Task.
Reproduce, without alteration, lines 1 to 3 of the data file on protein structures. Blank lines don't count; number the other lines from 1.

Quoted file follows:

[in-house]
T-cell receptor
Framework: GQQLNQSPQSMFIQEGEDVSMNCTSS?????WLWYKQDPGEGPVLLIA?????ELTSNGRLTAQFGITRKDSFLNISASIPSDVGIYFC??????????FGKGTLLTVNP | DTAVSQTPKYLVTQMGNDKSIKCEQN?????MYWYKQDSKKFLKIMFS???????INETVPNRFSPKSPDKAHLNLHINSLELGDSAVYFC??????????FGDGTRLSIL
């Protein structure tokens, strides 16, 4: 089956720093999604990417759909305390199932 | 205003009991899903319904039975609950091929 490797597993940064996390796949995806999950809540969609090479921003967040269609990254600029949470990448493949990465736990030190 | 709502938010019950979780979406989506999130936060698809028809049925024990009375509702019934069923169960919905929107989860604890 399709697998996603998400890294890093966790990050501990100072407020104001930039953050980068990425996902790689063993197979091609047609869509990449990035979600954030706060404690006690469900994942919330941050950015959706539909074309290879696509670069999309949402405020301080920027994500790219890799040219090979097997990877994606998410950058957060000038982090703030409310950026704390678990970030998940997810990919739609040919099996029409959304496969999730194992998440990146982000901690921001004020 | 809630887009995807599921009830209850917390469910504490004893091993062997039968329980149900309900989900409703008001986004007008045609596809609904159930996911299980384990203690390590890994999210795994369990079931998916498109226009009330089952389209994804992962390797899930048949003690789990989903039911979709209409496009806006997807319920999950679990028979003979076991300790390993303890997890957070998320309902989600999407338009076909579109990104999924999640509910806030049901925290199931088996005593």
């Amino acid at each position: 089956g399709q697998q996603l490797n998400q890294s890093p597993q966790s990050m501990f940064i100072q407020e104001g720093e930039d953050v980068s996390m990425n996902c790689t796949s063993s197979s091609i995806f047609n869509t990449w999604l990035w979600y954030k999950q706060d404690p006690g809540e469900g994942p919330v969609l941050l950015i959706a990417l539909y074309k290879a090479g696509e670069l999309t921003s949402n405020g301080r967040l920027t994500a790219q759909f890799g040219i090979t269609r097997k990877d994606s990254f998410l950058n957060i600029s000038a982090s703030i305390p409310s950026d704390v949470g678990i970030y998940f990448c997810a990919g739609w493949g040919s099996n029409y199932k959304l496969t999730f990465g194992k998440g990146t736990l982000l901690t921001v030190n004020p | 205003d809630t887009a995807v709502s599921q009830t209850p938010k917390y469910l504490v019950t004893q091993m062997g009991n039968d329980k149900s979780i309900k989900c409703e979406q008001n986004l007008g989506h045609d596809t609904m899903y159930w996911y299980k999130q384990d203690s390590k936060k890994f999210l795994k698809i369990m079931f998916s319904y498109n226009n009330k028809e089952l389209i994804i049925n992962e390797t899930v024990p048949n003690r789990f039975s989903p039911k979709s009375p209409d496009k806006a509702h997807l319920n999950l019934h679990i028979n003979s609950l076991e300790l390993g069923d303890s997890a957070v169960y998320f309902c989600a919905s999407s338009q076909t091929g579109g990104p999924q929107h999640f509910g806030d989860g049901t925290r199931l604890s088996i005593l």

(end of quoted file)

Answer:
[in-house]
T-cell receptor
Framework: GQQLNQSPQSMFIQEGEDVSMNCTSS?????WLWYKQDPGEGPVLLIA?????ELTSNGRLTAQFGITRKDSFLNISASIPSDVGIYFC??????????FGKGTLLTVNP | DTAVSQTPKYLVTQMGNDKSIKCEQN?????MYWYKQDSKKFLKIMFS???????INETVPNRFSPKSPDKAHLNLHINSLELGDSAVYFC??????????FGDGTRLSIL